An "unsettled" autumn is set to hit the Bay with a mixed bag of summer-like temperatures, cold snaps and rainfall.
However, the downpours will likely not be enough to restore the region's soil moisture or significantly bolster the city's river flows.
A meteorologist said climate readings showed that dry summers followed by "binge rainfall" were becoming the norm - spelling trouble for many of the region's farmers scrambling to adapt.
Temperatures were likely to be average or above average over the next three months while soil moisture was expected to be below average, according to the Niwa seasonal climate outlook.
River flows were forecast to be down but rainfall was expected to sit at near average.
Autumn rainfall would be good news for parts of the Bay of Plenty including Tauranga where water restrictions over part of summer banned sprinklers and hard-surface hosing as demand for water spiked.
Meanwhile, the Bay of Plenty Regional Council put a new water management system in place over summer as water levels in streams across the region rapidly dropped.
In Rotorua the Ngongotaha stream fell to the lowest water levels in 50 years.
In February, Tauranga had only six days of rainfall with the most being 43.4mm on the 15th and a monthly total of 68.8mm. The highest temperature of the month was 27C on the 12th.
In the same month, Rotorua had 10 days of rainfall with the largest amount falling on February 16 at 26mm and a monthly total of 70mm. The highest temperature was 27.5C on the 20th.
Niwa principal scientist Chris Brandolino said the Bay of Plenty could expect more "variable conditions" as autumn hits and the region experiences a "blend of flows".
He said the region would see "warmer temperatures" but also could expect the odd "cold snap" and "unsettled weather" similar to this week's conditions.
Consecutive dry days that had been consistent throughout the summer would be less likely to persist but autumn would "begin on a dry note", he said.
Although normal rainfall was expected, he said this would not necessarily fulfil the soil moisture needs due to the deficit it was already facing.
Dry summers followed by "binge rainfall" were becoming the norm and this would only become more extreme as climate change became more prevalent over the decades, he said.
"We can expect the same amount as previous years but the distribution will change. It will come in bunches.
"This is an example of our expectations of the future, climate change has a footprint."
MetService's outlook for March showed that the first half of the month was looking to have a "very autumnal feel to it" and would be "cool and unsettled" while the second half would have a "more summer-esqe feel" as high pressure took over again.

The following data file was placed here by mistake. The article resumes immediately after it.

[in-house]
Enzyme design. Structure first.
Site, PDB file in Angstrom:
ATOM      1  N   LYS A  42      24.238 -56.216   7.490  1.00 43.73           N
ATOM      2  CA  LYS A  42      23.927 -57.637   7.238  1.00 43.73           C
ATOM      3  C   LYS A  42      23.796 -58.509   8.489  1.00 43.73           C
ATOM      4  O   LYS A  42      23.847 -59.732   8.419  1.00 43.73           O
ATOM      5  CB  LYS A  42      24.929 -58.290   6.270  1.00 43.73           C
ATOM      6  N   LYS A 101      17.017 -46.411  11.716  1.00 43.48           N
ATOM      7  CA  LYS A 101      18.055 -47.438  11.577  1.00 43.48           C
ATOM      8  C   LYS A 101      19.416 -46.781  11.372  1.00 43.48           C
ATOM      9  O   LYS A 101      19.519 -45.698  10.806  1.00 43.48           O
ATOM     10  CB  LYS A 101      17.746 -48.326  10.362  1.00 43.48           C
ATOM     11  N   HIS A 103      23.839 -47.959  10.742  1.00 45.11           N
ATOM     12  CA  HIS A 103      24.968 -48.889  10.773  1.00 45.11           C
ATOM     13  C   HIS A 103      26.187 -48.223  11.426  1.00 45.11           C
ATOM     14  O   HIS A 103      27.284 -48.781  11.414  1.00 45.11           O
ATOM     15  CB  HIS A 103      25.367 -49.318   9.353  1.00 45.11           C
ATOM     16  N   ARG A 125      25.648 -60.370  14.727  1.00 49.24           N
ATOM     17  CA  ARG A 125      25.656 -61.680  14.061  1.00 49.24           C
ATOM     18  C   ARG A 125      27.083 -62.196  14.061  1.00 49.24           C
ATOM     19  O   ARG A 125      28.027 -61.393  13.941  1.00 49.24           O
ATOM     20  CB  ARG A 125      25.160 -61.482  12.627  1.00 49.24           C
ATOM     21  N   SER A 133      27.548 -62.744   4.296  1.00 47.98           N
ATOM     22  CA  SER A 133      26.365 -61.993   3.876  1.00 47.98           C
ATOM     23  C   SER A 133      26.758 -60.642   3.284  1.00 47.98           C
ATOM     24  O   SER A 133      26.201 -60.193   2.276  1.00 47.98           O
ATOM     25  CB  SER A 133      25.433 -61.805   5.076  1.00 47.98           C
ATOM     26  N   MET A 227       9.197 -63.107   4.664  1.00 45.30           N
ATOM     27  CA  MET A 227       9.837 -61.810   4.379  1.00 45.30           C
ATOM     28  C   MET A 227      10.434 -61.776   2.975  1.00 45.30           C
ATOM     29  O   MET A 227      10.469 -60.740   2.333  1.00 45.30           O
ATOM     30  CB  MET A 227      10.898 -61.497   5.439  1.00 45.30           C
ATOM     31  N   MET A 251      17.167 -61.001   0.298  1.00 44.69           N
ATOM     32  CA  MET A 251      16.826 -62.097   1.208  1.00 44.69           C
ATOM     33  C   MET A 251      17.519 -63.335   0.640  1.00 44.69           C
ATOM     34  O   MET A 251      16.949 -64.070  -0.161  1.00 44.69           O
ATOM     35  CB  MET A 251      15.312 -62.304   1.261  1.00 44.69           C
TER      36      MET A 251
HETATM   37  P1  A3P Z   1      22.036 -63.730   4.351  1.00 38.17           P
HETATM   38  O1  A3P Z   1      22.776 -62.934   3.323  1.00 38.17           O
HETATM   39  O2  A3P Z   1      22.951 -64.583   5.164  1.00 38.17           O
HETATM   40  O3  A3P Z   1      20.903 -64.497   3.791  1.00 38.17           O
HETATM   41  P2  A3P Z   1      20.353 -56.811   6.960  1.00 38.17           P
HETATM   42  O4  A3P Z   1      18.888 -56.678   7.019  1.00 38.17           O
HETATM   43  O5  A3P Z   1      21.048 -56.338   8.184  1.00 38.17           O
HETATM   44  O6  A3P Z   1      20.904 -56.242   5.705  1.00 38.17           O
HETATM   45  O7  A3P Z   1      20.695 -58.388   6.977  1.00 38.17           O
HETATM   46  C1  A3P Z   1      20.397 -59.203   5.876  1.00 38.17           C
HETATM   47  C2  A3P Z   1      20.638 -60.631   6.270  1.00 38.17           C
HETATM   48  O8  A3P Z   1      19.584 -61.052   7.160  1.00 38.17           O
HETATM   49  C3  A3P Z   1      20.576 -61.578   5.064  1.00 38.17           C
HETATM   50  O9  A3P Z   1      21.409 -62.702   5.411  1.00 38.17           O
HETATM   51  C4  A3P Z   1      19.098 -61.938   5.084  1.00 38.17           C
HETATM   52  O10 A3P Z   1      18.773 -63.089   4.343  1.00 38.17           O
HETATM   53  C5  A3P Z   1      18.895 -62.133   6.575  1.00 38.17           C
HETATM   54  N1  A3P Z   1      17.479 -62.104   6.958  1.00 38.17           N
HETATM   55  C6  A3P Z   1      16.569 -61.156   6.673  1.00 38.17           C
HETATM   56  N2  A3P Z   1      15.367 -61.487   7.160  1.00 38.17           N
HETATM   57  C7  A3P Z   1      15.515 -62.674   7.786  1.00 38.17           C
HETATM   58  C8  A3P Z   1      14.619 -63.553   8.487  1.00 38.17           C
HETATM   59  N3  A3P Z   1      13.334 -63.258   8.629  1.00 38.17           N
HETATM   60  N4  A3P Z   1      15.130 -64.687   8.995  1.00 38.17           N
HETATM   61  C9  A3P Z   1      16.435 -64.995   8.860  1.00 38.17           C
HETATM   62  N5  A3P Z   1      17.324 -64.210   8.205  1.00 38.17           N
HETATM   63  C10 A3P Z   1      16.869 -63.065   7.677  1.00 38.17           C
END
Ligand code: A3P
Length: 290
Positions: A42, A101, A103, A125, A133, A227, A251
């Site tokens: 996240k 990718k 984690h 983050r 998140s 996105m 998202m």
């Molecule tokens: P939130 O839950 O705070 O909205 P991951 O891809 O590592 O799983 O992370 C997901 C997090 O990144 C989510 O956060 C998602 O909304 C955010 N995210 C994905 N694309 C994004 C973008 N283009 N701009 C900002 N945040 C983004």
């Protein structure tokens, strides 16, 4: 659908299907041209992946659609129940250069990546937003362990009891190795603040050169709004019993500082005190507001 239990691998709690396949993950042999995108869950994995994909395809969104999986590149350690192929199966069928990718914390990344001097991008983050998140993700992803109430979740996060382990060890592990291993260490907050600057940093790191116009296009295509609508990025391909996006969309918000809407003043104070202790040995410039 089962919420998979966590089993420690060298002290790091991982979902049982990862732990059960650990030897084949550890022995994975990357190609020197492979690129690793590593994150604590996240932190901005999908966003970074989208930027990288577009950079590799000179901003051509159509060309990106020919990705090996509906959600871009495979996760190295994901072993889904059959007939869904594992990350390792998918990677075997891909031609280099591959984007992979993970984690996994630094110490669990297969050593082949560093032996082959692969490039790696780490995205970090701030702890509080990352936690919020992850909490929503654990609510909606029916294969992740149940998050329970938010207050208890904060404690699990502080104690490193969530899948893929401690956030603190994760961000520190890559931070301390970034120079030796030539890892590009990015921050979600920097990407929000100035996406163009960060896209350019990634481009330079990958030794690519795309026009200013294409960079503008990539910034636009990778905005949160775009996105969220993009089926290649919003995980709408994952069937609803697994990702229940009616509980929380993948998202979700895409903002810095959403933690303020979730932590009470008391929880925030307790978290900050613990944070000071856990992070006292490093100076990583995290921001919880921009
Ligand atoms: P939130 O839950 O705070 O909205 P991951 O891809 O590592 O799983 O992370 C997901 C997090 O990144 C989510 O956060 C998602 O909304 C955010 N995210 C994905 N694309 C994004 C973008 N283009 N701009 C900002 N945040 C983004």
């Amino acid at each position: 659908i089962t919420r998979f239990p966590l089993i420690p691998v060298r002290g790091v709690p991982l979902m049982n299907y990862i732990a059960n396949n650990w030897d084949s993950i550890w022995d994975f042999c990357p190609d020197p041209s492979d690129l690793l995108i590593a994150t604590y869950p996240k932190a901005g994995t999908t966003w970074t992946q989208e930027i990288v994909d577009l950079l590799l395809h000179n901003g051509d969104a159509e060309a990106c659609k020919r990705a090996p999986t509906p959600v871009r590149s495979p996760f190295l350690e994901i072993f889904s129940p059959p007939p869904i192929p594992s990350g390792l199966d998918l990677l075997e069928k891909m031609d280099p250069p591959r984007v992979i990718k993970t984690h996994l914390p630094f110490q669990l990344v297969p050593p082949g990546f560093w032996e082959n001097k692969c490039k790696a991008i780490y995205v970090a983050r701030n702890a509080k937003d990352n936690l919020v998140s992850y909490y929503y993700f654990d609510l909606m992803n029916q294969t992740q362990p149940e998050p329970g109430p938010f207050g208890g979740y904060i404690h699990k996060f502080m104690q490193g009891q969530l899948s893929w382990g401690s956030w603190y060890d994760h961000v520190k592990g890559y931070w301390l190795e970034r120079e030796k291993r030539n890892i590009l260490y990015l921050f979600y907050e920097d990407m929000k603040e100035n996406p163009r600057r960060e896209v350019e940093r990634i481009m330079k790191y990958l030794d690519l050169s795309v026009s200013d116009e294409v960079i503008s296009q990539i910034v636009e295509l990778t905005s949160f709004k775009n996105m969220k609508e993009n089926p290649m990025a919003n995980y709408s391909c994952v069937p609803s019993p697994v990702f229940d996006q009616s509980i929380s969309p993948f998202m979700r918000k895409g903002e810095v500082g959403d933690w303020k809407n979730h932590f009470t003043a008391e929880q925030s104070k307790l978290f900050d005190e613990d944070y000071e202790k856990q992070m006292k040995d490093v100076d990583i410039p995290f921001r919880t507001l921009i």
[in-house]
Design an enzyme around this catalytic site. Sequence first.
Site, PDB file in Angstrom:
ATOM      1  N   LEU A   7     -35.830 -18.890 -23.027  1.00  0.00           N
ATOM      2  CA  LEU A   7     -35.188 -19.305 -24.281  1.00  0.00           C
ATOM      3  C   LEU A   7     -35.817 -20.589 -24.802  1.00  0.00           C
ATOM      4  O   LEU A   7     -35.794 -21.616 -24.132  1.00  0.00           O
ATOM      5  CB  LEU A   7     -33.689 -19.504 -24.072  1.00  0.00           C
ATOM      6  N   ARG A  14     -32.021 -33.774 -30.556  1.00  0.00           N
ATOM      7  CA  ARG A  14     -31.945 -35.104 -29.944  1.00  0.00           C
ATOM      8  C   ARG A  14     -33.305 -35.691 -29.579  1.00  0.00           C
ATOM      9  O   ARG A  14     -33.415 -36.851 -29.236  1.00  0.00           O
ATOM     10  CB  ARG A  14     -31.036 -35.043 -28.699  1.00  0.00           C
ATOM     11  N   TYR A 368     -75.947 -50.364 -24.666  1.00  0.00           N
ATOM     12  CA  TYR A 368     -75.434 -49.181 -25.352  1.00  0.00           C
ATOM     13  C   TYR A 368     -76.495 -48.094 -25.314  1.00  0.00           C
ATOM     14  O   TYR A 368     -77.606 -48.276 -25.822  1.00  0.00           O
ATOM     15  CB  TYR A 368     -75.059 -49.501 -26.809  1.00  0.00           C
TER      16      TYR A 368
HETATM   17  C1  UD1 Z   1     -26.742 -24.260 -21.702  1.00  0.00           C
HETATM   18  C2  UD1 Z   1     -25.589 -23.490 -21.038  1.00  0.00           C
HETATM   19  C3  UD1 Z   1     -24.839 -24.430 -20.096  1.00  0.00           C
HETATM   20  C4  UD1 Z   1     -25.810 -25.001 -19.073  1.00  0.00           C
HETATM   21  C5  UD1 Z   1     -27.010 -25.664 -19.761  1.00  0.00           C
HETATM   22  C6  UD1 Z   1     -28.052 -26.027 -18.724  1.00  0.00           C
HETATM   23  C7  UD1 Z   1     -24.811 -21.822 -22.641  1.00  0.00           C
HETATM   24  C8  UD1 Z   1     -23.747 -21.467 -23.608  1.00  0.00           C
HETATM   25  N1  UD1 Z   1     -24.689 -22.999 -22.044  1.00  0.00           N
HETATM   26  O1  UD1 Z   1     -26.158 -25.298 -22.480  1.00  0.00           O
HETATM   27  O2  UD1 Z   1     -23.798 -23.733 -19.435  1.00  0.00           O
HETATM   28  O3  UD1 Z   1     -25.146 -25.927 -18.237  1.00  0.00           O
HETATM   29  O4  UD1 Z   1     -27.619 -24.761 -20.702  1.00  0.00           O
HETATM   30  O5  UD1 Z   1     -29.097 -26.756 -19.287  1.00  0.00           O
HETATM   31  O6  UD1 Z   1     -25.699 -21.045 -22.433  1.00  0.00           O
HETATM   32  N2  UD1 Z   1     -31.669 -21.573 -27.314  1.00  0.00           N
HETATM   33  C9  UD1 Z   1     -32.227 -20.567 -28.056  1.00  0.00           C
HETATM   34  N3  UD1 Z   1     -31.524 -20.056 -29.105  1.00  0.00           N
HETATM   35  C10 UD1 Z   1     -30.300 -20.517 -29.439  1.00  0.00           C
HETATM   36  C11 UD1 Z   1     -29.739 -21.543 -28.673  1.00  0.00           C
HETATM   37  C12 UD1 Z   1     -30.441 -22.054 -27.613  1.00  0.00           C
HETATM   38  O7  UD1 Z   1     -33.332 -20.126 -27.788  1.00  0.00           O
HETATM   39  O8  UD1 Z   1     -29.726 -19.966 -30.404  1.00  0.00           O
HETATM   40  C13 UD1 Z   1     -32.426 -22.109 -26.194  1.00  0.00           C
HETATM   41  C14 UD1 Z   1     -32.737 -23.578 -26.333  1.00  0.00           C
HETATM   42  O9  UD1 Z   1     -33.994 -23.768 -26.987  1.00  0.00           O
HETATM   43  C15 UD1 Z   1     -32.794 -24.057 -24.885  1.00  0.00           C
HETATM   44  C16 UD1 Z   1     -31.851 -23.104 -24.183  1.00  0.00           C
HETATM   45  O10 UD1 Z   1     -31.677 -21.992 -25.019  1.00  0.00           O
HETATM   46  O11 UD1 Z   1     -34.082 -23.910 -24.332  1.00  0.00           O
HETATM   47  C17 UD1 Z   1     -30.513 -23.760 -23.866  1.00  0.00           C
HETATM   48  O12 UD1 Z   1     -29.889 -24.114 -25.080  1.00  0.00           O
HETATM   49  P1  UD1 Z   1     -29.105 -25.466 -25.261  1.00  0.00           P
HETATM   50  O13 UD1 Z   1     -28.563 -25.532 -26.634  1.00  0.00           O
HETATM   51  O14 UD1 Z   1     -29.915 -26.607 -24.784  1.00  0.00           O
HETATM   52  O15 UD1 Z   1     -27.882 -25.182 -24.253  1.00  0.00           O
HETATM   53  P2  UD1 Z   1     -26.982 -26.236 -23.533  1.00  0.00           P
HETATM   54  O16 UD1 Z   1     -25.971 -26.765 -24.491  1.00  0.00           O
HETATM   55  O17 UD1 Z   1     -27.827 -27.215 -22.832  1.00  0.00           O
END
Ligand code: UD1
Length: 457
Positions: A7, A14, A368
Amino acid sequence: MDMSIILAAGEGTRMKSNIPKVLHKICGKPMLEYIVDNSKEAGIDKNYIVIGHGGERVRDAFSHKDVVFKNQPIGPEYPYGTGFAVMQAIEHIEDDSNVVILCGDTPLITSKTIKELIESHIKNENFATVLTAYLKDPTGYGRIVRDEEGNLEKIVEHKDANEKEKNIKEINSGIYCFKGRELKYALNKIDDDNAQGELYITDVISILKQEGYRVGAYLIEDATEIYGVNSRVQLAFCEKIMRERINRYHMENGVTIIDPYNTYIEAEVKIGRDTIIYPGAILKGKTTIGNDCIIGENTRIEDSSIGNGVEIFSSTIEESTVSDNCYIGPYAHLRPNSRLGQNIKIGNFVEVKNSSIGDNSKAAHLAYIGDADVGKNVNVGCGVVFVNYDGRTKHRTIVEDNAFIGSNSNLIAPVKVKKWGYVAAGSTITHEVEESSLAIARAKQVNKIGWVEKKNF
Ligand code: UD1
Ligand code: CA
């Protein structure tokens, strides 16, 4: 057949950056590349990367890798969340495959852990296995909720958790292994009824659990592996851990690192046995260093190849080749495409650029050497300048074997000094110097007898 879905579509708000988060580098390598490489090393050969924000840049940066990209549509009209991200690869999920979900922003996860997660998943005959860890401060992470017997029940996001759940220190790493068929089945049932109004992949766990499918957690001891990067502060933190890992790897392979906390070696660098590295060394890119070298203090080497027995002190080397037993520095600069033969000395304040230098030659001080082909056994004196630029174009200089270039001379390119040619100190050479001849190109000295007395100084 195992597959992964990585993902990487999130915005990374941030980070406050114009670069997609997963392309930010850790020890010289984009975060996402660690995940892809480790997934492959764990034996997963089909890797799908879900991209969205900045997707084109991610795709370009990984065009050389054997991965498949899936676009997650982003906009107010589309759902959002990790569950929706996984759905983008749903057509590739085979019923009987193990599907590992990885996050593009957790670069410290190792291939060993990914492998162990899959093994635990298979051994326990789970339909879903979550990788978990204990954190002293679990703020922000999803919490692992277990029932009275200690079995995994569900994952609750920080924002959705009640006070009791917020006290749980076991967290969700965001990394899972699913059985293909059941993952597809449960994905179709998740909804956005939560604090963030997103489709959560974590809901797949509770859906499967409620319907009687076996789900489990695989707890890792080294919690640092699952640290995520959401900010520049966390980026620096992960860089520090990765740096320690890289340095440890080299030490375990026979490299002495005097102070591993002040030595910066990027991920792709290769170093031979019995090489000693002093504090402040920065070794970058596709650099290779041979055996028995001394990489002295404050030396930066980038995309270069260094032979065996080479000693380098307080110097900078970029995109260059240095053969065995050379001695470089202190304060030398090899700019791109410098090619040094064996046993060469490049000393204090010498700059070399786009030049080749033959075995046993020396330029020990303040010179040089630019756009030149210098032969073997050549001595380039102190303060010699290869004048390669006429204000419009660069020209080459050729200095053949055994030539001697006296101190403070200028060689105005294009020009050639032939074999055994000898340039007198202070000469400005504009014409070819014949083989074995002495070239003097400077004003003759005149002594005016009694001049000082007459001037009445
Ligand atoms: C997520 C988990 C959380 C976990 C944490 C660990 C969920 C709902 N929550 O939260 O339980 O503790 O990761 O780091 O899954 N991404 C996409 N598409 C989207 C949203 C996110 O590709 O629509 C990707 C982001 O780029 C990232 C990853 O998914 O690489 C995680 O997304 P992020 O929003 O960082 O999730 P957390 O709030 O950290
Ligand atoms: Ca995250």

In April and May, as La Niña tapered off low-pressure systems around New Zealand were looking to become more frequent.
Federated Farmers Bay of Plenty president Darryl Jensen said rain in the first week of March had been "just brilliant" and well-needed for many farmers.
He said repeated dry summers meant soil moisture was in deficit and good autumn and winter rains were needed to "recharge" growth.
Many farmers, especially in the Paengaroa and Te Puke areas, were seeking out new water sources as wells and other water sources had been "compromised or dried up", he said.
Jensen said increased extreme weather events meant that many farmers were having to look at ways of changing their farming systems to adapt to the possibility of annual drought-like summers followed by hard downpours.
Federated Farmers and other industry leaders were tossing around ideas on how to stockpile feed and create solutions for the climate problem to ensure farming stayed sustainable and affordable, he said.
Farming "certainly will change" over the next few decades due to weather, just like it had changed over the past 50 years, he said.
Bay of Plenty Regional Council water shortage event manager Steve Pickles said the recent rainfall across the Bay of Plenty had reduced the rate at which water flows were dropping, however, stream levels in the Focus Zone remained low.
Although there were no immediate water restrictions planned at this stage, forecast dry conditions might still cause stream levels to drop further, possibly resulting future restrictions, he said.
Council principal adviser of policy and planning Nicola Green said they were working towards making changes to their Regional Natural Resources Plan by July 2024 which would introduce clear minimum flows for rivers and new policy directing water take.